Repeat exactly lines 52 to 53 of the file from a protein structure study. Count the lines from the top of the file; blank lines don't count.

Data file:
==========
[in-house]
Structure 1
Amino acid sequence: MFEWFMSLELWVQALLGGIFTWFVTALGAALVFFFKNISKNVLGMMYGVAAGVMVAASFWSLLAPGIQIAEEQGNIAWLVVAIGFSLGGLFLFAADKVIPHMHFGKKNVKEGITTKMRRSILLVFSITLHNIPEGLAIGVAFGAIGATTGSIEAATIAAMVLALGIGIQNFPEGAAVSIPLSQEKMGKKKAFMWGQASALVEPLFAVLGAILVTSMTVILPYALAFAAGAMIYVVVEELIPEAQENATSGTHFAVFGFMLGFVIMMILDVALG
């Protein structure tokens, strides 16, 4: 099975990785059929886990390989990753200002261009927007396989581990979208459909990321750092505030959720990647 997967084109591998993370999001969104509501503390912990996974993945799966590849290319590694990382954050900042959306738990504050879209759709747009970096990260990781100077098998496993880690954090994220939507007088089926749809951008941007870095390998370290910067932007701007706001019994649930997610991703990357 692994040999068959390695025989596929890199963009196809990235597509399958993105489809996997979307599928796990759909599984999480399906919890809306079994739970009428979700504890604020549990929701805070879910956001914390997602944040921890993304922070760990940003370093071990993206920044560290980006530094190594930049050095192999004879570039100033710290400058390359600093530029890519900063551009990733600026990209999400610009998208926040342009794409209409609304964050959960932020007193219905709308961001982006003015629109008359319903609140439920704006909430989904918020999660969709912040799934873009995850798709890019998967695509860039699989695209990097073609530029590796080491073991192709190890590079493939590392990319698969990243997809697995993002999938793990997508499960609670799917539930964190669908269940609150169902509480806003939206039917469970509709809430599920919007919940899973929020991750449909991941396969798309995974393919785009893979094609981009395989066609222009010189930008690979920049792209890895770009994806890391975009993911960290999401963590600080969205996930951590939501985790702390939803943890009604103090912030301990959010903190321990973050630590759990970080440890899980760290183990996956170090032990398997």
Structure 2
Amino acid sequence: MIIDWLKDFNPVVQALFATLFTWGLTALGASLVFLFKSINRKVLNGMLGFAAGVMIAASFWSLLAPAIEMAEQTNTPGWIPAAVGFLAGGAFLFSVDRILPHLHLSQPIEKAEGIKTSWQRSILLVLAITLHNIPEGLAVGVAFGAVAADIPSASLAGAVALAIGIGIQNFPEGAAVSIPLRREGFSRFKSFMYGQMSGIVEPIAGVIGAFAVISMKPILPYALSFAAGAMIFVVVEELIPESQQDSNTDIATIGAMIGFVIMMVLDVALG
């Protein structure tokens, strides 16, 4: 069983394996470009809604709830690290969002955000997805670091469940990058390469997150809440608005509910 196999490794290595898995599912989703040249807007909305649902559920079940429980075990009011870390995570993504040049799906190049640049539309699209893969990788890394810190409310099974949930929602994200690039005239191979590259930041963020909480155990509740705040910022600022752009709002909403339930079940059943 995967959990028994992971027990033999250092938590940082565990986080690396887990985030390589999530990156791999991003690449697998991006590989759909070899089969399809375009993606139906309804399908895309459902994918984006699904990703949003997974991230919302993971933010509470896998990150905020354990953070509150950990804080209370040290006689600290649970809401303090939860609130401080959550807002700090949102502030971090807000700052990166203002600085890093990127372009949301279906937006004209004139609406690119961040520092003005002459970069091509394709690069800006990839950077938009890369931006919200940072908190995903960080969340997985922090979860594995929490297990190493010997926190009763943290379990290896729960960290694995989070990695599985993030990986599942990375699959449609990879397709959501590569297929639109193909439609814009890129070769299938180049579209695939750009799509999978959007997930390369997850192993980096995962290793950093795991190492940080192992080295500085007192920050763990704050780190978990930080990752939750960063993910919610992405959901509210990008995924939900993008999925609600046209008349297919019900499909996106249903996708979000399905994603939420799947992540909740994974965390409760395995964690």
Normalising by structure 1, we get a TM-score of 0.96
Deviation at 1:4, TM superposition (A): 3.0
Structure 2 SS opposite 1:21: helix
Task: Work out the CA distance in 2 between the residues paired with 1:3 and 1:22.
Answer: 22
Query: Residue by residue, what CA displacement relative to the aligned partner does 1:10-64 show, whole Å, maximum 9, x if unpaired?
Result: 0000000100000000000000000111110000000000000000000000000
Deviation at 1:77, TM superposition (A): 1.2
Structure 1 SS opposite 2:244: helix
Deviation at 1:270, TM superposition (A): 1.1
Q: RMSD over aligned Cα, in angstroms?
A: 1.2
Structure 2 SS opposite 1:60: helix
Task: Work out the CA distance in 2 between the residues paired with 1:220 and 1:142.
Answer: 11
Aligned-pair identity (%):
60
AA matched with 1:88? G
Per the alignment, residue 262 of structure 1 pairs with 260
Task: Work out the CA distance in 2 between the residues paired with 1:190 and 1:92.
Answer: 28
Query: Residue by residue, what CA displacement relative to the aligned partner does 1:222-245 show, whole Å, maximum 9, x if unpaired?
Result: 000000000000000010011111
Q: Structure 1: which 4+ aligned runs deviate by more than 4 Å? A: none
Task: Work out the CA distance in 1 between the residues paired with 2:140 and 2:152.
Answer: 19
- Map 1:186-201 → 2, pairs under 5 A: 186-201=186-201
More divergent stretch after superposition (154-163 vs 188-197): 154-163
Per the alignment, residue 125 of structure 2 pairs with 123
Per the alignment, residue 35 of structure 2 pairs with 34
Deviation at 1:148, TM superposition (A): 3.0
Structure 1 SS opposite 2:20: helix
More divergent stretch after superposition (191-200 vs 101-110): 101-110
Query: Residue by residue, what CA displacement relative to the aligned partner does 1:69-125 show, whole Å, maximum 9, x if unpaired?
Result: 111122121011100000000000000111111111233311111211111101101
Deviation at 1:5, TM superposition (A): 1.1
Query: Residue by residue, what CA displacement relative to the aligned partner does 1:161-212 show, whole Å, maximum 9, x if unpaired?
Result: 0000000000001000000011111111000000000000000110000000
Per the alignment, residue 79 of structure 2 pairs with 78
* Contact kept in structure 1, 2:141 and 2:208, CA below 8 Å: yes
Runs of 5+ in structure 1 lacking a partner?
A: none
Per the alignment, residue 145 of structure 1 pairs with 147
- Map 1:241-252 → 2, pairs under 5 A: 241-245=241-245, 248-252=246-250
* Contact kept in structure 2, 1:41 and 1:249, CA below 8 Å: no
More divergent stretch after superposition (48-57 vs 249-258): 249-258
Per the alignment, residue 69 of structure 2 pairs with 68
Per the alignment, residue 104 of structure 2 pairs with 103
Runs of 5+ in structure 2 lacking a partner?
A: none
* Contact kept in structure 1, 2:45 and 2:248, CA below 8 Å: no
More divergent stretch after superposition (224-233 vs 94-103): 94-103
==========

* Contact kept in structure 2, 1:41 and 1:249, CA below 8 Å: no
More divergent stretch after superposition (48-57 vs 249-258): 249-258